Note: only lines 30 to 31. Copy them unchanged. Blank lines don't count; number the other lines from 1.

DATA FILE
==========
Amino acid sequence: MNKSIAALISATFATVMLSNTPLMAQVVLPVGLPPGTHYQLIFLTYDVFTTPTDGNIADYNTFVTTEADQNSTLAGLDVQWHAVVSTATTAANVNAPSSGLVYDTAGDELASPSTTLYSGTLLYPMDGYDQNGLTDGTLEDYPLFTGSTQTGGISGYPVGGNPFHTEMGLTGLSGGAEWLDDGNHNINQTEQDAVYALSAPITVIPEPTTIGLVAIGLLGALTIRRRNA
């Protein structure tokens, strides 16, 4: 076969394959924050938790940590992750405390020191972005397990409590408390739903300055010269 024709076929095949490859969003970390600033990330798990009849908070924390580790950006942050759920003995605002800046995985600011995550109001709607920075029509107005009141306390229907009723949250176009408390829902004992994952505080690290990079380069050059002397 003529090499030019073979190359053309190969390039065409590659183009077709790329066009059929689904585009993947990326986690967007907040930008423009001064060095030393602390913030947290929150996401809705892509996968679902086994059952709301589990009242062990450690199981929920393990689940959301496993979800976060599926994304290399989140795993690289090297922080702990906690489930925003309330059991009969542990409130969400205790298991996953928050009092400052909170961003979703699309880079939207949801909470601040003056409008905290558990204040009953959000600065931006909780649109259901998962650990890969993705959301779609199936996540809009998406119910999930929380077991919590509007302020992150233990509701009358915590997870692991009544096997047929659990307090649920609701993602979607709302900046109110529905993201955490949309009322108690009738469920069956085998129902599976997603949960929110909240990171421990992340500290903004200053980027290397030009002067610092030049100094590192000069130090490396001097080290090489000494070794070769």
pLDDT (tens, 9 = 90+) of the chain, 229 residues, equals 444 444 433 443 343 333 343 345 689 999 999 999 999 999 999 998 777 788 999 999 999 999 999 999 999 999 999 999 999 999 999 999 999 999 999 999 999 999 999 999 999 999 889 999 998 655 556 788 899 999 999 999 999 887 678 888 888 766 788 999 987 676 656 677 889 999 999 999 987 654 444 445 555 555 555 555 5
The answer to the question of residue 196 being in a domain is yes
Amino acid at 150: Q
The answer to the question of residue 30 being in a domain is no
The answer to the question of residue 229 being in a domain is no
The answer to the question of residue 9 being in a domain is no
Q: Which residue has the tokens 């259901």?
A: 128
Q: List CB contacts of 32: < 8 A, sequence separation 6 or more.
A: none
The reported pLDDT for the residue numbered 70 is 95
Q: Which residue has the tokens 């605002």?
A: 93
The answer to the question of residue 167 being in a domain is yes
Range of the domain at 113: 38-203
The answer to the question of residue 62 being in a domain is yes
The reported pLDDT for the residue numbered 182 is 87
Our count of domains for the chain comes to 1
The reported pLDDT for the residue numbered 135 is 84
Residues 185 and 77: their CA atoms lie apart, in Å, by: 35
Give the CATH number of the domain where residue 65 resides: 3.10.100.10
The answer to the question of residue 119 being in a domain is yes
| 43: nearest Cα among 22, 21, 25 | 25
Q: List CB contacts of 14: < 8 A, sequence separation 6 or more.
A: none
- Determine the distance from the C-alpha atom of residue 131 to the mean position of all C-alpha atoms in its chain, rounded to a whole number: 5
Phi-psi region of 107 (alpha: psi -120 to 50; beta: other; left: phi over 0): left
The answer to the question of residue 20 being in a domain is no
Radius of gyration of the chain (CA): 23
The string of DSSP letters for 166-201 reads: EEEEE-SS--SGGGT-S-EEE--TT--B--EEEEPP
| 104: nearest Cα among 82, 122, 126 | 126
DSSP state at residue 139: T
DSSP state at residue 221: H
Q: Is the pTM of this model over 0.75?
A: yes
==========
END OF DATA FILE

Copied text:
The answer to the question of residue 20 being in a domain is no
Radius of gyration of the chain (CA): 23